Because this is a major change, this may require some workflow adjustments on your side. A few important things you should be aware of:

You will have greater control of embedded relationships between Sound Recordings and “Composition Shares.” Any embedded relationships delivered by any publishing partner will always be applied. If partners deliver conflicting data, these conflicts will immediately manifest in the YouTube Content Manager. By the same token, if you do not deliver us a Composition-Share-to-Sound-Recording relationship, we will not create one for you based on other partners’ data. You can continue to create these relationships through CSV ingestions, and we will be adding the ability to delete these relationships in bulk via CSV ingestions. We are also adding functionality to the Content Manager to allow you to edit these relationships directly in the user interface.
Conflicts now exist at the Sound Recording level, rather than at the Composition level. This means that you will see a larger number of conflicts in your conflicts queue. This increase in the number of assets in conflict does not necessarily represent a larger number of views in conflict; conflicts are merely being reported to you on a more granular level. Given that you will now have greater control over embedded relationships, conflicts caused by bad data should be much easier to resolve. When communicating about conflicts with other partners, you should now use Sound Recording Asset IDs instead of Composition Asset IDs.

Asset revenue will be reported at the Sound Recording level, rather than at the Composition level. This means that your asset revenue reports will grow (they will have more lines). To see revenue reported to you at the Composition level, simply pivot the asset revenue report on Custom ID. If you need assistance processing these larger reports, please reach out to your technical account manager or send an email to [omitted].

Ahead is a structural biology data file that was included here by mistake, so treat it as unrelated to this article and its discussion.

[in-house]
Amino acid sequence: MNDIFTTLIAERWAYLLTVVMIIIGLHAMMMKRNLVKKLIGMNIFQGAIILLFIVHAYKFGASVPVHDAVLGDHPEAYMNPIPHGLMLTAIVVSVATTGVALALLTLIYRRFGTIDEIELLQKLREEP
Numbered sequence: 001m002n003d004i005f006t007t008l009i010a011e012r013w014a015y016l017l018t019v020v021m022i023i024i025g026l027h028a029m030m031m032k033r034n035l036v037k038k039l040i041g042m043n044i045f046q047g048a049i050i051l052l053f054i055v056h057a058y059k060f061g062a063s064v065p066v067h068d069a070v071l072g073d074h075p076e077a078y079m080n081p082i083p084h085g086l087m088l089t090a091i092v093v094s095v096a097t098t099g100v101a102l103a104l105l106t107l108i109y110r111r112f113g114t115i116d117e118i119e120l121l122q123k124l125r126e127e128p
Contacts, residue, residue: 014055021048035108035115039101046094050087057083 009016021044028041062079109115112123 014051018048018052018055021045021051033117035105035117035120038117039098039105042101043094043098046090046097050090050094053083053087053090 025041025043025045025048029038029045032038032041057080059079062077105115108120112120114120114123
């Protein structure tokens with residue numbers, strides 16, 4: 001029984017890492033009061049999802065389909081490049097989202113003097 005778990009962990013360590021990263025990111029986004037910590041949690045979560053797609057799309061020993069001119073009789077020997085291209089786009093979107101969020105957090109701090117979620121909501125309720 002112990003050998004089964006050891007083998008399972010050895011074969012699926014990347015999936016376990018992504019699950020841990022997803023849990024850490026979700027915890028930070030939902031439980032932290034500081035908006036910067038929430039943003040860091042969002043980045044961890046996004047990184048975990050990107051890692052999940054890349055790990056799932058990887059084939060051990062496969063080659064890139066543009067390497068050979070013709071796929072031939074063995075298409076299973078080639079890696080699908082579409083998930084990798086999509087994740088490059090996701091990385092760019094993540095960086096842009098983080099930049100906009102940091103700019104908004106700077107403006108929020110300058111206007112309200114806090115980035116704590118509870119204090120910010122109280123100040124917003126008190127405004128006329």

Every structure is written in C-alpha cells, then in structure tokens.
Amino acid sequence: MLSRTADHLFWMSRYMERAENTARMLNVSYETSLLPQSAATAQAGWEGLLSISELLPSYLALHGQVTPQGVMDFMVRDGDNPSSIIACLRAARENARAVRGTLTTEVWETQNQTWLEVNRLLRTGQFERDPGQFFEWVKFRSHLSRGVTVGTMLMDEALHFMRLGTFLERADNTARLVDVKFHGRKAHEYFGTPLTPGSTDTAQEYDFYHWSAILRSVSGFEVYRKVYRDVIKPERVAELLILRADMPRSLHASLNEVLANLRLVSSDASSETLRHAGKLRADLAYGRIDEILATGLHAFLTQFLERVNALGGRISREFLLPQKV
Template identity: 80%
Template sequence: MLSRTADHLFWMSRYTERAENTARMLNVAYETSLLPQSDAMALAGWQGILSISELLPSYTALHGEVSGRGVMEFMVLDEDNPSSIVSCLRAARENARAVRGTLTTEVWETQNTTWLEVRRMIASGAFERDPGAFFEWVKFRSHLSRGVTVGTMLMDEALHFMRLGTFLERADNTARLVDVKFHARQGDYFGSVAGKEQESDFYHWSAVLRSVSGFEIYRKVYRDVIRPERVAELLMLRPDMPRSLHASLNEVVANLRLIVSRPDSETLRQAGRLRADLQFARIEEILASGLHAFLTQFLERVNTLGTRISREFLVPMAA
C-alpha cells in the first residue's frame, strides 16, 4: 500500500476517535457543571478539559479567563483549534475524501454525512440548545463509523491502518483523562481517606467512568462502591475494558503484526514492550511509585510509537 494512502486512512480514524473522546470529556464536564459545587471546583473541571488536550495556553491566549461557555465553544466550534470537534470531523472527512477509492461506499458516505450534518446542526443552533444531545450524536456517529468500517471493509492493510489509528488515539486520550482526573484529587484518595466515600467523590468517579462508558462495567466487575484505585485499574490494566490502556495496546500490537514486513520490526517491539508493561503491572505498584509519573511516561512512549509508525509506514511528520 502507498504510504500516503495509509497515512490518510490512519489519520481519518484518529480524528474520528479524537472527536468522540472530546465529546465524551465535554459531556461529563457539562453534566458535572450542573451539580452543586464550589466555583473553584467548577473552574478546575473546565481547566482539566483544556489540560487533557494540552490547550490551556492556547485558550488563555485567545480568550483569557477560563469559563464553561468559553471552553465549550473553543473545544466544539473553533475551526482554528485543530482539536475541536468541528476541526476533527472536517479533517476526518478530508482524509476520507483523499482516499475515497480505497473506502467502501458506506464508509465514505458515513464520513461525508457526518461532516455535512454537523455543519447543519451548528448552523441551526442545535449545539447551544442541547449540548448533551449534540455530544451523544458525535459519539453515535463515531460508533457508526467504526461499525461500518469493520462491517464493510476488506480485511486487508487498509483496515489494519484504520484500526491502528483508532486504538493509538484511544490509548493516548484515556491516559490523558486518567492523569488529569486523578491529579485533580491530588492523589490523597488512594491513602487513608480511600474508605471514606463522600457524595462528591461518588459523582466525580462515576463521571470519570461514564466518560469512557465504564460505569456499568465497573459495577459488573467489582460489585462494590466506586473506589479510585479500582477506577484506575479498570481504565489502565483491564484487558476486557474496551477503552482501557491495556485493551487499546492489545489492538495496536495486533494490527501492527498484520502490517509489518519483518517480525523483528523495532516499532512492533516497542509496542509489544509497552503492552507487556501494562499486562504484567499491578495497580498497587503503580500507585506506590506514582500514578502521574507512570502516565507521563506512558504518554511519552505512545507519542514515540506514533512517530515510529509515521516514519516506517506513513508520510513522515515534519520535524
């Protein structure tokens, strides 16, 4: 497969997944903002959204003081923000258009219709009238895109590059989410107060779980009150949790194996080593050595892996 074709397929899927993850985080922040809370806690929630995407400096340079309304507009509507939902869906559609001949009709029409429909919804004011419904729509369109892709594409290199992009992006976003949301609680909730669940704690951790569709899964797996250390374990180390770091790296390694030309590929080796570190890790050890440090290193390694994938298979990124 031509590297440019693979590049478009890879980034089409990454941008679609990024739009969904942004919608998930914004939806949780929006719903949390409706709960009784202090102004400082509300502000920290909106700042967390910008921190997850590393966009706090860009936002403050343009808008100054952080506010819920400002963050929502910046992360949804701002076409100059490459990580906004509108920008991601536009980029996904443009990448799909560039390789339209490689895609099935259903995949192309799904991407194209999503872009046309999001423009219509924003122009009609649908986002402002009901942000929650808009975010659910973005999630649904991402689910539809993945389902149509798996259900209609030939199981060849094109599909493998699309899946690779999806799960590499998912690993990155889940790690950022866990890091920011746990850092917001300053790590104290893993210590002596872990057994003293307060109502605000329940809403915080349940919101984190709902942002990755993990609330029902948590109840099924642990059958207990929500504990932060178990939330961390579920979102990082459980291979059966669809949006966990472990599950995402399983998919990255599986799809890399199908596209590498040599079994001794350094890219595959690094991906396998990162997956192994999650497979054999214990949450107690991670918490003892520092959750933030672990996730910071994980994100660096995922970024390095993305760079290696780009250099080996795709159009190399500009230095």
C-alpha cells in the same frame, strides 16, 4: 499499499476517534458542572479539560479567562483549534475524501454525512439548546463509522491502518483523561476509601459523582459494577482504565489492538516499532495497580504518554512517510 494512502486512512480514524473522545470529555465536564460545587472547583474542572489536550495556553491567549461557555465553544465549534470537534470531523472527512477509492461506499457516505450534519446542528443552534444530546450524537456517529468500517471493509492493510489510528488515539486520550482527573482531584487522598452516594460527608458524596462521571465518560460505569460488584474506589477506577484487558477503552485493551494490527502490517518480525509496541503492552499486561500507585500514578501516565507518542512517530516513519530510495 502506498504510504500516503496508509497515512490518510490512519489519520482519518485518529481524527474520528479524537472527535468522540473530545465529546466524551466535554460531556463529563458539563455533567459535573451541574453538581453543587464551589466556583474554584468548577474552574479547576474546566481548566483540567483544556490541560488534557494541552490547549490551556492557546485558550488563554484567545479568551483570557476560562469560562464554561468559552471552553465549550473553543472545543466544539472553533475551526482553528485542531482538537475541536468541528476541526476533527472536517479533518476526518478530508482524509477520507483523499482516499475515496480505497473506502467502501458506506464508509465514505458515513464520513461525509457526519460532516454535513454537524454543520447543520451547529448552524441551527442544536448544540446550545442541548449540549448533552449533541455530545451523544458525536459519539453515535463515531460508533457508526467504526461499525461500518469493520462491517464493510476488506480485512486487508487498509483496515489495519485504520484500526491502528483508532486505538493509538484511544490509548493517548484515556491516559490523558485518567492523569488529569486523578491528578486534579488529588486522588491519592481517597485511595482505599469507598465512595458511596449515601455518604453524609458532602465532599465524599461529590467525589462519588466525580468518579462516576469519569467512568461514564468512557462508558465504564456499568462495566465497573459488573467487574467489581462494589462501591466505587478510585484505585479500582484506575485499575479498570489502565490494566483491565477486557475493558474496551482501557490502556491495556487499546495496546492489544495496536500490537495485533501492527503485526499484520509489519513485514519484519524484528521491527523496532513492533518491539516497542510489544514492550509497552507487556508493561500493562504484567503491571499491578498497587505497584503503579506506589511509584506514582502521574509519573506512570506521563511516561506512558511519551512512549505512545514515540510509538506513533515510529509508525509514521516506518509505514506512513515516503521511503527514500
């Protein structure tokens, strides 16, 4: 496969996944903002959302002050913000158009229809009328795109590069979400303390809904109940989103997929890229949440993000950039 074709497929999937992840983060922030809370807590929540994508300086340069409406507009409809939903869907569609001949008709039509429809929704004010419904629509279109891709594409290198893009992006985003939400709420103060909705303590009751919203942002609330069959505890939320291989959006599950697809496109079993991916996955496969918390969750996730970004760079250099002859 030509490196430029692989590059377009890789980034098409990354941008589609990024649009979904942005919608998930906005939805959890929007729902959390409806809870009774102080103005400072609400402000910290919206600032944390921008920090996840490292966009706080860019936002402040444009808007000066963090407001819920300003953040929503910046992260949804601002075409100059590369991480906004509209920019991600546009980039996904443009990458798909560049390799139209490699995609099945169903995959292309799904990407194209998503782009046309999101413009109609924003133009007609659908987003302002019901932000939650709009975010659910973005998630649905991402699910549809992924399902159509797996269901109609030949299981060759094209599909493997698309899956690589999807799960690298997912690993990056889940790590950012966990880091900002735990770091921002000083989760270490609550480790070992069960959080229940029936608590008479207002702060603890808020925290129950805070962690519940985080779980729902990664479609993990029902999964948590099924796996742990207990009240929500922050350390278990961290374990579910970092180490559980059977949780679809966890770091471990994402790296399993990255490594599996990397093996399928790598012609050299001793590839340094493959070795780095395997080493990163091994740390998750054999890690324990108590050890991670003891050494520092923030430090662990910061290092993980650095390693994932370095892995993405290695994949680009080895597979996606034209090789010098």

We recognize that this is a major change that may result in substantial changes to your current workflows. We want to make this change as easy as possible for you and we are here to help and to listen to your feedback. If you have any questions not addressed in this email or on the Help Center, please contact your regular YouTube representatives. To submit feedback directly to our product specialists, please hit the “Help & Feedback” button in CMS. For operational or technical support, please reach out to [omitted]. We will also be hosting office hours and workshops at our New York City office, at our Los Angeles office, and in Nashville in the weeks after the new model is launched. If you are interested in attending, please reach out to your regular YouTube contacts.

Best,

Taylor Fife
YouTube Music Publishing Team

ETLA, The Research Institute Of The Finnish Economy, Publishes Report On State Of Digital Music Infrastructure – Calls For Transparency And Addresses “Black Box” Issues

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I had the honor of being interviewed by researcher and author, Derek Sellin, for his industry report “Digital Music Industry – Background Synthesis” for ETLA Working Papers No. 48, published by Elinkeinoelaman Tutkimuslaitos – The Research Institute of the Finnish Economy.

Black boxes materialize for many reasons, including but not limited to: the inability to identify rights holders despite payments made for the use of their compositions; the lengthy time required for filing domestic and ultimately international copyrights, often begun only when a recording is actually released; multiple claims for the same rights exceeding 100% of ownership, resulting in indefinite disputes; international collaborations with less than all creators asserting their rights; international legal inconsistencies regarding what type of performances result in payments (most visible in the fact that radio play does not generate royalties for recording artists in the United States); and the slow and often manual processes to report usage and clear payments under international reciprocal agreements. – Dae Bogan

You can download the report at https://www.etla.fi/en/publications/digital-music-industry-background-synthesis/.

About ETLA